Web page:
Evolutionary Algorithms: An introduction
The big picture
With the term Adaptive Computing a concise description for systems with the ability to adapt themselves to changes requirements by self-modifying their behaviour was coined. This definition just as an introduction. Don’t include it into your encyclopedia. How to come to Evolutionary Algorithms (EA)? EA’s are a subdivision of the so-called Artifical Intelligence (AI). Evolutionary algorithms develop solutions based on a set of available modifiers (instructions), inputs and constraints. They sort of iterate thru an unknown field of potential solutions and find a near-optimal one. Mostly, the solution is suboptimal, but as close to the theoretical optimum so that the developed solution could be accepted and could be used in practice.
Well known is the god-father of genetics, Charles Darwin. Genetic Algorithms, based on Darwinian ideas, Genetic Programming – which is an offspring of Genetic Algorithms and which has been develop by John Koza, and other evolutionary approaches form the subject of Evolutionary Algorithms.
Not to forget Mendel’s laws of inheritance (one could easily intermingle with object-orientation). They allow for the calculation of new generations based on previously developed genes.
When to use the EA approach?
We could easily answer: Whenever it is possible to identify and implement the basic ingredients of an EA. Most important: You need a fitness function. Next, you need a representation for entities embodying possible solutions. If you are able to do so, proceed with EA’s. It is easier to see the applicability of the approach by picking a family member of EA – like Genetic Algorithms – and do an analysis for that. With that, we avoid the problem of working on a very abstract, because meta layer. Future considerations will be necessary beyond this weblog entry.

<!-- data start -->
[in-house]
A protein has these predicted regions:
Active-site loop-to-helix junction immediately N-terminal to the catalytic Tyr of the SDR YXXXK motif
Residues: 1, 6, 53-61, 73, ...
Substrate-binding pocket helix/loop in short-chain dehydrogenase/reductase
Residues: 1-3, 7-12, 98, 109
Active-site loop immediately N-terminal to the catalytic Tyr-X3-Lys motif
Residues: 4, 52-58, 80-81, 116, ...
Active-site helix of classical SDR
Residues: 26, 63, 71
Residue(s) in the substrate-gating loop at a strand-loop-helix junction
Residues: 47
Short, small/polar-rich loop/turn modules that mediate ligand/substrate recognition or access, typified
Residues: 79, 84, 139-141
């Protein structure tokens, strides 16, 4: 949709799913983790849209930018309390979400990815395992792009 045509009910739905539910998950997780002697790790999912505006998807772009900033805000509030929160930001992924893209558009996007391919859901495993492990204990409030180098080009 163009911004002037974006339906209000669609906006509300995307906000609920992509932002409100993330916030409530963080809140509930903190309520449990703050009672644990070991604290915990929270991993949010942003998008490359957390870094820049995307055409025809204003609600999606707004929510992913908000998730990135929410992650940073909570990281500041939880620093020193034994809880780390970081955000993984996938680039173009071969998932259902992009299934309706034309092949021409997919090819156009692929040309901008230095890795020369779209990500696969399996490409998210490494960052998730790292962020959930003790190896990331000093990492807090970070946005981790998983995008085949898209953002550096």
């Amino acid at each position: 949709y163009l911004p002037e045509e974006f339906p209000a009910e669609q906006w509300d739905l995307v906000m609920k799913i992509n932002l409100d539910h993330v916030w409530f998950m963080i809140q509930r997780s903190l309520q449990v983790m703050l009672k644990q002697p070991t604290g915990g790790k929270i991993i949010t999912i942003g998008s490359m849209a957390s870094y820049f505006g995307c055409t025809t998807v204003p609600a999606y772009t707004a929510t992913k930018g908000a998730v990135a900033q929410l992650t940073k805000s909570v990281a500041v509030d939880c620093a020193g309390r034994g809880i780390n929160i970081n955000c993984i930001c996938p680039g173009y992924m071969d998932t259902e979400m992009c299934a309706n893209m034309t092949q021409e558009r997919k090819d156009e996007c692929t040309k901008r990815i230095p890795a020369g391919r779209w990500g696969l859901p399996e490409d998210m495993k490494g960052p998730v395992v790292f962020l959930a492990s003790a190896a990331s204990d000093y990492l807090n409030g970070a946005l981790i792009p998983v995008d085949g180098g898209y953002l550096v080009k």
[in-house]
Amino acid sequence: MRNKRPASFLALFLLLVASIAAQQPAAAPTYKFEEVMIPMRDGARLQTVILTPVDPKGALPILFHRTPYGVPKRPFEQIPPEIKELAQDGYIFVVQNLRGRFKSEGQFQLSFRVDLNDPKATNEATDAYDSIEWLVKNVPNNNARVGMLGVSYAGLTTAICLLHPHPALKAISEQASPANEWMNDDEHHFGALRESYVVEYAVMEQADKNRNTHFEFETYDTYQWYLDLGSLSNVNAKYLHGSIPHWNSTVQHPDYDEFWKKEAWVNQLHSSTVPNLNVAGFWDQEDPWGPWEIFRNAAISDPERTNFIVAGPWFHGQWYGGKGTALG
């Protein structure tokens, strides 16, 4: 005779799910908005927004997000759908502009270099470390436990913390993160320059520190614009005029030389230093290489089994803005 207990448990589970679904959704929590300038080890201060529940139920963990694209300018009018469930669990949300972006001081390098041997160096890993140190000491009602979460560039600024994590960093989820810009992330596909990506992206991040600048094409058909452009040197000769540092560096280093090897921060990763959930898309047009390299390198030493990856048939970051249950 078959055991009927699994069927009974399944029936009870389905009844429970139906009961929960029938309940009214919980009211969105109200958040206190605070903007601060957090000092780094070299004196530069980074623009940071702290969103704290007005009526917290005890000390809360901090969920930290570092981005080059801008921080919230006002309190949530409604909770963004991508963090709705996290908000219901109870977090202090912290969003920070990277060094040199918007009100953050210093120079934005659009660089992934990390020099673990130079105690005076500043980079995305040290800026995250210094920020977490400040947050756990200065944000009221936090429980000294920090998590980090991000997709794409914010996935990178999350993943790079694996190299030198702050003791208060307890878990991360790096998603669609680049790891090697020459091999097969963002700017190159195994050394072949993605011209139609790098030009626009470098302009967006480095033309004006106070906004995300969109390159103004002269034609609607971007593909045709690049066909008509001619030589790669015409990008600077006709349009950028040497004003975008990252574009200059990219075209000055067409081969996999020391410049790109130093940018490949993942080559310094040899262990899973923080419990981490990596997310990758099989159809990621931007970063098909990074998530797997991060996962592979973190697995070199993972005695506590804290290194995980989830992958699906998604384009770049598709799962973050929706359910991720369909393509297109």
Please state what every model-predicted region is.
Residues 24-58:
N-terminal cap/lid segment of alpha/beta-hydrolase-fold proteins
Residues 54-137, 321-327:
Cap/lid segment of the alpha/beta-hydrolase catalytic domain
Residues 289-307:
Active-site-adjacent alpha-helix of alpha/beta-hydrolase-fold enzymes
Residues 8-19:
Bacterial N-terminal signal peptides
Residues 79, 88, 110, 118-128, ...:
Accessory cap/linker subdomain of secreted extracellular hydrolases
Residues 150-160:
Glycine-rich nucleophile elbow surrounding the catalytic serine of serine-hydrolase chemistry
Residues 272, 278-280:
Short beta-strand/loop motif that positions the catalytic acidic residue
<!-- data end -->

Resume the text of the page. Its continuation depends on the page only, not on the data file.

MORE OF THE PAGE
The Evolutionary Approach
The term EA is describing a concept, something abstract, on which to found a concrete concept. It could be seen as a meta-description of other concepts. It builds the frame for the family members GA, GP and other evolutionary techniques.
The main ideas are:
- Find a solution within a very huge, perhaps nearly infinite search space.
- Begin with a randomly chosen population, each population consisting of independent individuals.
- Each individual needs to be interpreted regarding to its current state (i.e., its current representation).
- The main point with EA’s is to find a fitness function allowing to measure the quality of an individual with respect to solving the given problem.
- Based on the quality of each individual, new populations, consisting of new individuals, can be generated automatically.
- The way new individuals will be generated can be controlled by means of randomly influenced parameters.
- Genetic operations are mainly based on Darwin’s and Mendel’s research.
Executing an Evolutionary Algorithm
It is straightforward implementing an EA. Just perform the following steps in the given order (also see Evolutionary Algorithm Web Service):
- Initialization: Just generate some individuals with random (but at best valid) states
- Evaluation: Use the fitness function to give each individual a rank.
- Selection: Choose your elite and kick the rest from the population.
- Recombination: Add some controlled randomness by applying genetic operators of your choice.
- Do the above until you are satisfied with the currently best solution or until your hard disk crashes…
This post only described EA’s from a top-point view. Further entries will dig into detail with concrete approaches within EA’s. With the stuff to come the broad variety of applicability of EA’s will be shown and proven. From my point of view, EA’s are a clever way of solving several classes of problems without needing to know the gestalt of the solution exactly.